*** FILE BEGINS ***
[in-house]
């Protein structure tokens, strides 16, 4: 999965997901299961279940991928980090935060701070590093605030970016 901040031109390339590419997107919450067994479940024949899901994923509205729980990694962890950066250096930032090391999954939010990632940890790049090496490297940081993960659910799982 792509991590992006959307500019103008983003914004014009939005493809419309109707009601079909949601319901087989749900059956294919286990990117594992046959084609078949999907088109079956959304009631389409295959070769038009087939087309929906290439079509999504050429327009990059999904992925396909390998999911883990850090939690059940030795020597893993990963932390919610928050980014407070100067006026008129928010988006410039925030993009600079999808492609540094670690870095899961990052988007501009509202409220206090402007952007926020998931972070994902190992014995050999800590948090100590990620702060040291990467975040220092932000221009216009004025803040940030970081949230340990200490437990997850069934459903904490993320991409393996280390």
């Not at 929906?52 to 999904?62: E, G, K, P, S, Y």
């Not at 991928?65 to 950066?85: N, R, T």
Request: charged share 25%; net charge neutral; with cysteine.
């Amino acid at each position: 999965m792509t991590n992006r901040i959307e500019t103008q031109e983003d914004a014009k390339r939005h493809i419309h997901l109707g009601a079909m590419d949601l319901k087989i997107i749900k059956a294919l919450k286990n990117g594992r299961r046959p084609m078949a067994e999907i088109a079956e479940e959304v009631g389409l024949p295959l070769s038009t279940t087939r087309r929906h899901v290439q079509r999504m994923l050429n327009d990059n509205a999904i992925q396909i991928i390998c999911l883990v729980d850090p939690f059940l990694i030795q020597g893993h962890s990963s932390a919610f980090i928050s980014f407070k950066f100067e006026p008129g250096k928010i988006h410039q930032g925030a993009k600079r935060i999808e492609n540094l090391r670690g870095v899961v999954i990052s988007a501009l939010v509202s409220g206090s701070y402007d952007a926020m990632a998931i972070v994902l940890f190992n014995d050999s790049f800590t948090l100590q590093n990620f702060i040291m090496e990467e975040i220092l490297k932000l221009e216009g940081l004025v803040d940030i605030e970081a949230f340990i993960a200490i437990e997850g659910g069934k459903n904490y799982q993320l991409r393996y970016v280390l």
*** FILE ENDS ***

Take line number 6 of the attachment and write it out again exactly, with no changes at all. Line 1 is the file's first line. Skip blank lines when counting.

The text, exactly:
């Amino acid at each position: 999965m792509t991590n992006r901040i959307e500019t103008q031109e983003d914004a014009k390339r939005h493809i419309h997901l109707g009601a079909m590419d949601l319901k087989i997107i749900k059956a294919l919450k286990n990117g594992r299961r046959p084609m078949a067994e999907i088109a079956e479940e959304v009631g389409l024949p295959l070769s038009t279940t087939r087309r929906h899901v290439q079509r999504m994923l050429n327009d990059n509205a999904i992925q396909i991928i390998c999911l883990v729980d850090p939690f059940l990694i030795q020597g893993h962890s990963s932390a919610f980090i928050s980014f407070k950066f100067e006026p008129g250096k928010i988006h410039q930032g925030a993009k600079r935060i999808e492609n540094l090391r670690g870095v899961v999954i990052s988007a501009l939010v509202s409220g206090s701070y402007d952007a926020m990632a998931i972070v994902l940890f190992n014995d050999s790049f800590t948090l100590q590093n990620f702060i040291m090496e990467e975040i220092l490297k932000l221009e216009g940081l004025v803040d940030i605030e970081a949230f340990i993960a200490i437990e997850g659910g069934k459903n904490y799982q993320l991409r393996y970016v280390l």